Amesbury’s Julia Yameen got nipped by the acting bug when she was just 5 years old.
The tot and her mother went to the Firehouse Center for the Arts in Newburyport to see the Exit Dance Company production of “The Nutbuster,” an unconventional twist on “The Nutcracker.” As the plot unfolded, Julia was surprised to see her classmates onstage, acting in the show. The child, who loved to dance and sing, wanted to join them.
So, she was enrolled in acting classes. Soon, she was ready to attend auditions at the numerous local theaters and join in community productions. Her resume includes roles in “Pinkalicious” at the Ogunquit Playhouse in Maine and a Pentucket Players production of “The Sound of Music.” Next month, she’ll play the role of Scrooge’s sister in the North Shore Music Theatre’s production of “A Christmas Carol.”
In 2010, Julia played the lead in a Pentucket Players production of “Annie,” and this weekend, she’ll do it again — this time for The Actorsingers production in Nashua, N.H.
Reprising the role of the little red-headed orphan was a happy turn of events for Julia.
“I really love performing in ‘Annie,’” she said this week. “It’s just a really great story.”
Julia has also played the part of the littlest orphan, Molly, in a production of “Annie Jr.”
Already familiar with the musical’s classic songs, such as “Tomorrow” and “Hard Knock Life,” Julia said many of her lines easily came back to her.
Although the Amesbury Middle School sixth-grader arrived at the first rehearsals not knowing any of her fellow castmates, that soon changed during the months of practices that followed.
“You grow attached to them,” she said of her fellow actresses and actors.
Julia also became attached to the four-legged member of the cast: MiniMe, the terrier who plays Sandy.
“She’s really good; she’s been trained really well,” Julia said.
The rescue dog was adopted from the MSPCA-Nevins Farm in Methuen last year by Georgetown’s Kathy and Bob Sachs. The couple chose to spend Thanksgiving volunteering at the Massachusetts Society for the Prevention of Cruelty to Animals location.
The couple was awestruck at the dog’s resemblance to their 10-year-old dog, Angel, and won over by her loving personality. Fellow volunteers suggested the Sachses bring the dog, then called Nena, home for a little visit. By the end of the weekend, their family had a new member and the dog had a new name, in honor of her resemblance to Angel.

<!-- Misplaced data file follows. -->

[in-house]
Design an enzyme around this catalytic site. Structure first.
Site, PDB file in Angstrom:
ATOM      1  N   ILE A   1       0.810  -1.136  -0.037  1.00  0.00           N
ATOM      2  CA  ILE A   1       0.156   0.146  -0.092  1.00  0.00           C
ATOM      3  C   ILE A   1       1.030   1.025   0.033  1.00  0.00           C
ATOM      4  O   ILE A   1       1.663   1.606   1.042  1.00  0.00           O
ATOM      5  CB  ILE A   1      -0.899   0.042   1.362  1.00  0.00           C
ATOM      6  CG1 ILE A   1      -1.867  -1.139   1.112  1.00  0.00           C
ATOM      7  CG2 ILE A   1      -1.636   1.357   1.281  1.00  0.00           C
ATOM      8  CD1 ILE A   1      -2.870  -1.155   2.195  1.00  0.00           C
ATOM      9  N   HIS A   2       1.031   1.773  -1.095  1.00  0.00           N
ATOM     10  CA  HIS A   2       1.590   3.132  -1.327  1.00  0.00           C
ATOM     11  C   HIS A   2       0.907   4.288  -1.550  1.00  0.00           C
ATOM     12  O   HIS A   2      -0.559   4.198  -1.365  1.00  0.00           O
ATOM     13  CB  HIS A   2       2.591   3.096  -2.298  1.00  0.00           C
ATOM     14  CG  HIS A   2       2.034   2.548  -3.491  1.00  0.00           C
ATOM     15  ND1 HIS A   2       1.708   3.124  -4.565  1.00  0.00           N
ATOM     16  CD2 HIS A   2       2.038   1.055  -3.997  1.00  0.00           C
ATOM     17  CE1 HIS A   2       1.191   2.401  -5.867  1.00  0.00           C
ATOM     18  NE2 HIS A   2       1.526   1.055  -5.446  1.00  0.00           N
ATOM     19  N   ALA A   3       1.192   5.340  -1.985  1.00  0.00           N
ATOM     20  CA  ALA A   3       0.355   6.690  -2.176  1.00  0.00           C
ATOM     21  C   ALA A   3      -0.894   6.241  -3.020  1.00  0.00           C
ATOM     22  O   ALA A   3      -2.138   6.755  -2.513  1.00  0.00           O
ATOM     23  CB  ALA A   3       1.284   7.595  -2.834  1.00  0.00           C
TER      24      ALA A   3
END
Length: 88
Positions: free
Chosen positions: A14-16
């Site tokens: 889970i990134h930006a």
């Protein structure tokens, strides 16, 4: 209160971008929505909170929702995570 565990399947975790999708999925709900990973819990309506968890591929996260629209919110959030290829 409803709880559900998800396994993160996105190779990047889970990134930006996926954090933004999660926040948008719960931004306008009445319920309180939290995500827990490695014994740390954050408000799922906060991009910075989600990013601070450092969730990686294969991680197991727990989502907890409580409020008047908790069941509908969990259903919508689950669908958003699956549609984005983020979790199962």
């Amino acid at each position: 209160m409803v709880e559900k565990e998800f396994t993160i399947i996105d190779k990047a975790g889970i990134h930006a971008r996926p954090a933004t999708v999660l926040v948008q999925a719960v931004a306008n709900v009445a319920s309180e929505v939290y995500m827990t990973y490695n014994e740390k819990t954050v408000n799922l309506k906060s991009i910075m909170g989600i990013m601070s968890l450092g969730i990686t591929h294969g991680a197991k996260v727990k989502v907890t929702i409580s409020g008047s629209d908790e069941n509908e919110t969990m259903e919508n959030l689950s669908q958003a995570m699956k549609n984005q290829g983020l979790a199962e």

Granted, the new addition required a lot of work at first.
“She had no training at all,” Kathy Sachs said. The dog had never walked on a leash, seen a veterinarian or eaten dog food. She was fed table scraps and she had no manners.
“She had basically been raised as if she were a child,” Kathy Sachs said. “We had to do a lot of training with her. I work with her every day.” Their perseverance and dedication paid off when MiniMe completed a series of training courses, offered by the MSPCA, and passed the Canine Good Citizen test.
The dog has also finished pet therapy training, so when Kathy Sachs completes her own training classes, the pair will volunteer at local hospices.
Through MiniMe’s trainer, Sachs heard about the upcoming production of “Annie” and the director’s desire to use a rescue dog to reflect the theme of the show, in which Annie is brought to stay with billionaire Oliver Warbucks during Christmas. He later adopts the girl and rescues her from her life in the orphanage.
MiniMe aced the show’s auditions. Despite the fact that the pup is rarely around kids, she was comfortable around them for the beginning, and unfazed by all the noises involved in a play rehearsal.
“She loves everybody and she really loves little girls,” Sachs said.
With the majority of Sandy’s scenes in the first act of the show, the dog can rest backstage in his travel crate until he returns in the final scene when Annie unwraps her Christmas gift from Warbucks and finds it is the dog.
“She’s a fabulous dog; she’s the best dog I ever had,” Sachs said.
What: Actorsingers present “Annie”
When: tomorrow at 8 p.m., Saturday at 2 p.m. and 8 p.m., Sunday at 2 p.m.
Where: Edmund Keefe auditorium, 117 Elm St., Nashua, N.H.
How: $20 for adults; $18 for students and seniors. Tickets may be purchased online at actorsingers.org, calling 603-320-1870, or at the theater 1 hour before each show. Tickets are free for veterans. Families of active-duty service members are eligible for two free tickets. Proper ID is required. These tickets are available only at the theater one hour before the show.